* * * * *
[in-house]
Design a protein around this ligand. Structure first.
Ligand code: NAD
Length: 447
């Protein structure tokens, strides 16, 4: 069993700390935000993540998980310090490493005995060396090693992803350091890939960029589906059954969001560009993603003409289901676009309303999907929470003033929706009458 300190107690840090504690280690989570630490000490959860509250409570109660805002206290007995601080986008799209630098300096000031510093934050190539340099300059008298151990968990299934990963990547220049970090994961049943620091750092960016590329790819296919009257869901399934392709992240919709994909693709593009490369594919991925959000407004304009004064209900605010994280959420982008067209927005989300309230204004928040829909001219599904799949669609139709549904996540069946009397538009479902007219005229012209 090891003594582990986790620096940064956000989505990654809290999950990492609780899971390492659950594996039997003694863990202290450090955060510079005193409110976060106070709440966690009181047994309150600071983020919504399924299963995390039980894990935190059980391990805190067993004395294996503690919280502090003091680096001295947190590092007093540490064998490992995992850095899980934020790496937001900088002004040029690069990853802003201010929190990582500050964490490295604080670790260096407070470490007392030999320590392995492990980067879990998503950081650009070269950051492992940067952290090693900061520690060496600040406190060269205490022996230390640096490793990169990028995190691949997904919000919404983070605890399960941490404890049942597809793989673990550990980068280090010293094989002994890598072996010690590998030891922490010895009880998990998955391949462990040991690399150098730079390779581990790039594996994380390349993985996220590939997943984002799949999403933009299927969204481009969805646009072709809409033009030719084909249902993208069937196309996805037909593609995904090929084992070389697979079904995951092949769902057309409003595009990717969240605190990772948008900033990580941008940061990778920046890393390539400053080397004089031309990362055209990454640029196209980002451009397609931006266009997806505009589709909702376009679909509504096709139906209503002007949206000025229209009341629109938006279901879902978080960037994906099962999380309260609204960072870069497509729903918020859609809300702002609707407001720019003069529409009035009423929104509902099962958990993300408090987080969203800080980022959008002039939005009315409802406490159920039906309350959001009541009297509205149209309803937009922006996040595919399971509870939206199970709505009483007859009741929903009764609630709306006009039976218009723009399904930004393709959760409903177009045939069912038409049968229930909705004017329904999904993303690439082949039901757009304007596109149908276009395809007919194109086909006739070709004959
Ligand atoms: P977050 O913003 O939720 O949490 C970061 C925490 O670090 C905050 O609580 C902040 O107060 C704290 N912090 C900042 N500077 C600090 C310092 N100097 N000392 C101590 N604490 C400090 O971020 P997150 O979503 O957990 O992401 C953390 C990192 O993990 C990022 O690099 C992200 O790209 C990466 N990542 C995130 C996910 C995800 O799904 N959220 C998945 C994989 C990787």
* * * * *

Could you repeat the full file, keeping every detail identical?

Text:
[in-house]
Design a protein around this ligand. Structure first.
Ligand code: NAD
Length: 447
């Protein structure tokens, strides 16, 4: 069993700390935000993540998980310090490493005995060396090693992803350091890939960029589906059954969001560009993603003409289901676009309303999907929470003033929706009458 300190107690840090504690280690989570630490000490959860509250409570109660805002206290007995601080986008799209630098300096000031510093934050190539340099300059008298151990968990299934990963990547220049970090994961049943620091750092960016590329790819296919009257869901399934392709992240919709994909693709593009490369594919991925959000407004304009004064209900605010994280959420982008067209927005989300309230204004928040829909001219599904799949669609139709549904996540069946009397538009479902007219005229012209 090891003594582990986790620096940064956000989505990654809290999950990492609780899971390492659950594996039997003694863990202290450090955060510079005193409110976060106070709440966690009181047994309150600071983020919504399924299963995390039980894990935190059980391990805190067993004395294996503690919280502090003091680096001295947190590092007093540490064998490992995992850095899980934020790496937001900088002004040029690069990853802003201010929190990582500050964490490295604080670790260096407070470490007392030999320590392995492990980067879990998503950081650009070269950051492992940067952290090693900061520690060496600040406190060269205490022996230390640096490793990169990028995190691949997904919000919404983070605890399960941490404890049942597809793989673990550990980068280090010293094989002994890598072996010690590998030891922490010895009880998990998955391949462990040991690399150098730079390779581990790039594996994380390349993985996220590939997943984002799949999403933009299927969204481009969805646009072709809409033009030719084909249902993208069937196309996805037909593609995904090929084992070389697979079904995951092949769902057309409003595009990717969240605190990772948008900033990580941008940061990778920046890393390539400053080397004089031309990362055209990454640029196209980002451009397609931006266009997806505009589709909702376009679909509504096709139906209503002007949206000025229209009341629109938006279901879902978080960037994906099962999380309260609204960072870069497509729903918020859609809300702002609707407001720019003069529409009035009423929104509902099962958990993300408090987080969203800080980022959008002039939005009315409802406490159920039906309350959001009541009297509205149209309803937009922006996040595919399971509870939206199970709505009483007859009741929903009764609630709306006009039976218009723009399904930004393709959760409903177009045939069912038409049968229930909705004017329904999904993303690439082949039901757009304007596109149908276009395809007919194109086909006739070709004959
Ligand atoms: P977050 O913003 O939720 O949490 C970061 C925490 O670090 C905050 O609580 C902040 O107060 C704290 N912090 C900042 N500077 C600090 C310092 N100097 N000392 C101590 N604490 C400090 O971020 P997150 O979503 O957990 O992401 C953390 C990192 O993990 C990022 O690099 C992200 O790209 C990466 N990542 C995130 C996910 C995800 O799904 N959220 C998945 C994989 C990787």